Assessment of Mental Capacity: Key Points

Giles Tan Ming Yee, John Wong

Doctors are caring for more patients who are older and/or are living with disabilities in an increasingly complex medico-legal environment. A significant proportion of these patients, who often have complex medical problems, will have some impairment of their mental capacity or may require to have it assessed by a doctor. Such assessments could be used to (a) make a Lasting Power of Attorney (LPA); (b) apply for the appointment of deputies by the Court; or (c) determine mental capacity in other more specific areas (eg, consent for treatment).

The Mental Capacity Act (MCA) provides the statutory framework to address issues relating to the mental capacity to make decisions.1 It covers individuals who have an underlying impairment of or a disturbance in the functioning of the mind and/or brain. The code of practice lists stroke, brain injury, dementia, mental health problems and intellectual disability as some of the conditions.

The five statutory principles that underpin the MCA are: (a) a person must be assumed to have capacity unless it is established otherwise; (b) a person is not to be treated as unable to make a decision unless all practicable steps to help him to do so have been taken without success; (c) a person is not to be treated as unable to make a decision merely because he makes an unwise decision; (d) an act done, or a decision made, under this Act for or on behalf of a person who lacks capacity must be done, or made, in his best interests; and (e) before the act is done, or the decision is made, regard must be had to whether the purpose for which it is needed can be as effectively achieved in a way that is less restrictive of the person's rights and freedom of action.

For the purposes of the Act, a person is unable to make a decision for himself if he is unable to (a) understand the information relevant to the decision; (b) retain that information; (c) use or weigh that information as part of the process of making the decision; or (d) communicate his decision (whether by talking, using sign language or any other means).

When undertaking an assessment of mental capacity for a particular individual, information and history should be gathered from multiple sources, including interviews with caregivers, in addition to interviewing the person with possible impaired mental capacity (who should always be involved in the process). It is advisable to have a structured approach to performing the assessment and the use of structured tools will aid in the process. The Mental Capacity Assessment Tool that SMA devised covers various domains of functioning and can be used by doctors undertaking the assessment of mental capacity.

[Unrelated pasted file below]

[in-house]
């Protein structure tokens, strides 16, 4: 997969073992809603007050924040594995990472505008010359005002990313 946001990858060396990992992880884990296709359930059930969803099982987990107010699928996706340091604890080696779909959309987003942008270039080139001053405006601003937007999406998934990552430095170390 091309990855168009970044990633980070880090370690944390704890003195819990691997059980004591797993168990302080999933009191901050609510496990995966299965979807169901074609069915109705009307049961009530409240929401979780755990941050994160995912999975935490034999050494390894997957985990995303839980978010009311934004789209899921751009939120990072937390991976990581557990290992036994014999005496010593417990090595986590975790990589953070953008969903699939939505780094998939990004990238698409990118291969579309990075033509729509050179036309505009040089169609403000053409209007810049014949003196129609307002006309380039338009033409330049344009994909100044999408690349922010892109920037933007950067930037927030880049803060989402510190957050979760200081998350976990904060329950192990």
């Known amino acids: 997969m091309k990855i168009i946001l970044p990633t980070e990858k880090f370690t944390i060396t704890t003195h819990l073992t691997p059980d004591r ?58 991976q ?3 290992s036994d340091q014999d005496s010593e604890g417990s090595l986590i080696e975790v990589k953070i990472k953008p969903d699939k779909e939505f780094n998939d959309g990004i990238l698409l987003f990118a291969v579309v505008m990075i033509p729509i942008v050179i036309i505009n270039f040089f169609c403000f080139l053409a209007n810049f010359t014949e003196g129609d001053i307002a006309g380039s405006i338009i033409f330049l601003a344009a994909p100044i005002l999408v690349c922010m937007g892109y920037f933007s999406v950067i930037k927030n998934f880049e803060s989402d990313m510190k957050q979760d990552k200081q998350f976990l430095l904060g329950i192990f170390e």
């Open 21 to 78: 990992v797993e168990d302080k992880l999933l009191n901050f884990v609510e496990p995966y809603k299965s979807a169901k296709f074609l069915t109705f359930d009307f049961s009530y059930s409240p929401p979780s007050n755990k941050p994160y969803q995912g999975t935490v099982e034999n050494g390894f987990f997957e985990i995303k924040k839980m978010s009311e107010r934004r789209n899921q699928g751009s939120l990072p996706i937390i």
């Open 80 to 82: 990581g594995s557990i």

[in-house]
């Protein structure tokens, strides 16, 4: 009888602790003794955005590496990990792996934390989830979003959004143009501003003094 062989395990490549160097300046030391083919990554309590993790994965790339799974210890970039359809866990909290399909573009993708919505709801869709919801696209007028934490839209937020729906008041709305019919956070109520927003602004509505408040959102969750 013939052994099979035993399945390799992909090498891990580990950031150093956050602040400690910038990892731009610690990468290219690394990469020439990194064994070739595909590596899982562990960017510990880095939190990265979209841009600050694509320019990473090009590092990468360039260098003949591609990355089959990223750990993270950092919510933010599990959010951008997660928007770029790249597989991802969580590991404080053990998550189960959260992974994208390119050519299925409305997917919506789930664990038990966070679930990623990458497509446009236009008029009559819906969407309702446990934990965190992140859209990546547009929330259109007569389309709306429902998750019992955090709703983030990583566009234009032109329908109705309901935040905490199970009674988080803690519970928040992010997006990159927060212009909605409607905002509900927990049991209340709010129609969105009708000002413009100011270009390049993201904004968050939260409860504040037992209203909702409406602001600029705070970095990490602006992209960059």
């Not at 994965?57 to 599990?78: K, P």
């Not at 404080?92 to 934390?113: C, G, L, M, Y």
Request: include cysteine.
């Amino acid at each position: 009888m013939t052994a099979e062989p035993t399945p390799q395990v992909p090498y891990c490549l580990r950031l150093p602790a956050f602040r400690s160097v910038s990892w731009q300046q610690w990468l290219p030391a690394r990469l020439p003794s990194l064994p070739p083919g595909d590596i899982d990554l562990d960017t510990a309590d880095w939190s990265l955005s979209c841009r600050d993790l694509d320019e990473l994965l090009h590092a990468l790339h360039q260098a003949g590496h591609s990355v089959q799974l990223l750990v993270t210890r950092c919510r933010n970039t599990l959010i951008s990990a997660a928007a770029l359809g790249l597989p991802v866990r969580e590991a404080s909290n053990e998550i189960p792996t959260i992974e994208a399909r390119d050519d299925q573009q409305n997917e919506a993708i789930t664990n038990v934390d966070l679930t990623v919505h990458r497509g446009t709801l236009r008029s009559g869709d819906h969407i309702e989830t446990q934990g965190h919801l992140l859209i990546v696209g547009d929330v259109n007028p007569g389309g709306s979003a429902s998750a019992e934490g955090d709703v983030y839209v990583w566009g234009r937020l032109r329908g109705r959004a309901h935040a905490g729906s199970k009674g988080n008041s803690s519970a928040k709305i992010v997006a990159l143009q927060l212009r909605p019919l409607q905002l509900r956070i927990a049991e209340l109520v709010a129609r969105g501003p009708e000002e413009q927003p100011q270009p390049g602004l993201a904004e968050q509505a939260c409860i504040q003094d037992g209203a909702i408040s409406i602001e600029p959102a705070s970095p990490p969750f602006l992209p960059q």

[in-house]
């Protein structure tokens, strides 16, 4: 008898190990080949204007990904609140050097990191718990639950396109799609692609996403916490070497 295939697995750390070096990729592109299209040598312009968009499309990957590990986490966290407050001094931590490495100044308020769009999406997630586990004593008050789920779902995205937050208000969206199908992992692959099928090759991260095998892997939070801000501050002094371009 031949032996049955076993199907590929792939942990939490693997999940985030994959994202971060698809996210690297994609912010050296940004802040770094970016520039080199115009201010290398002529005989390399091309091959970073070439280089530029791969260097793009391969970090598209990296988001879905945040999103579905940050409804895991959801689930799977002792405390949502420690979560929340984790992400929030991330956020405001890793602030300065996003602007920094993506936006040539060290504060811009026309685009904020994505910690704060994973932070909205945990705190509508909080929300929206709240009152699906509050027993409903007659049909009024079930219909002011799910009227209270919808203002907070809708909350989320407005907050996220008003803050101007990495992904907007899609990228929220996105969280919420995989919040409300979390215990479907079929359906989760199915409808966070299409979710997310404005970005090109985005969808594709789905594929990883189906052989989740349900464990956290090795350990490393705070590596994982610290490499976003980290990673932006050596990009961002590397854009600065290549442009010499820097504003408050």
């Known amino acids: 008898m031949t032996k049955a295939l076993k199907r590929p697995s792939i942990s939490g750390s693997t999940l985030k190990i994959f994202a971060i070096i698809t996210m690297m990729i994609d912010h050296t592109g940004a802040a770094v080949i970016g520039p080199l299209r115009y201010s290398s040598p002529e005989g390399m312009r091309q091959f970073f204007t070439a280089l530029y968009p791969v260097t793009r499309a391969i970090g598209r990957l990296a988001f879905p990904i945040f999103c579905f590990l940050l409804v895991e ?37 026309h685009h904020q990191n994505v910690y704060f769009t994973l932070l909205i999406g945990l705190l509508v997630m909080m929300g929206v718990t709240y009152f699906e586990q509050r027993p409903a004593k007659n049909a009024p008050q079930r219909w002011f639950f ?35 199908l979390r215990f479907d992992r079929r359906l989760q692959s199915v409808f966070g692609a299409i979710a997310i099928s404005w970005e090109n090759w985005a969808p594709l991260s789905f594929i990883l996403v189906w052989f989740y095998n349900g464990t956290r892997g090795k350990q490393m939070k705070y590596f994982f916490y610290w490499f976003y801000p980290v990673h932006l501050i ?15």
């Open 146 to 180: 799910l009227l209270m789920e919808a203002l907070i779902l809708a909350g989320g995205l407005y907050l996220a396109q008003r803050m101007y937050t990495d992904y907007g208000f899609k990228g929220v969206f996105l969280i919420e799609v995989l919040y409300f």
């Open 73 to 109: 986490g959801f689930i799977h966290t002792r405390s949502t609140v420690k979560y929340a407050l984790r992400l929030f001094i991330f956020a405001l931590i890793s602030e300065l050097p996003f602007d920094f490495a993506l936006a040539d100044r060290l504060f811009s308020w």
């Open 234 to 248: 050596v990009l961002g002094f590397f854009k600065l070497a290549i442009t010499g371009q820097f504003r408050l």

Following the assessment of mental capacity, for the purposes of applying for an LPA, the LPA Form 1 or Form 2 needs to be certified by a certificate issuer who could be a practising lawyer, a psychiatrist or an accredited doctor.2 For the application of a Court-appointed deputy, the Court requires the completion of Form 2243 comprising both the affidavit and medical report that includes assessment of the person's mental capacity in relation to personal welfare, property and affairs.

Patients with impaired mental capacity may not have sufficient mental capacity to make a specific decision. Doctors undertaking an assessment of mental capacity for this group of patients need to bear in mind the requirements under the MCA, be aware of and address potential barriers to an effective assessment and apply good practice guidelines to ensure that they perform the assessment to a reasonable standard. To gain a more in-depth understanding, join us at the Caring for Persons with Diminished Capacity (Temporary/Fluctuating) seminar, jointly organised by the SMA Centre for Medical Ethics and Professionalism and College of Psychiatrists, Academy of Medicine, Singapore, on 12 October 2019.

  1. Singapore Statutes Online. Mental Capacity Act (Chapter 177A). Available at:
  2. Office of the Public Guardian. The Lasting Power of Attorney. Available at:
  3. Family Justice Courts. Forms: Form 224 Doctor's Affidavit. Available at:

Giles Tan Ming Yee is the honorary secretary of the College of Psychiatrists, Academy of Medicine, Singapore. He is a senior consultant in the Department of Developmental Psychiatry at the Institute of Mental Health and visiting consultant at KK Women's & Children's Hospital.

John Wong is the president of the College of Psychiatrists, Academy of Medicine, Singapore. He is senior consultant and head of the Department of Psychological Medicine at National University Hospital and National University of Singapore.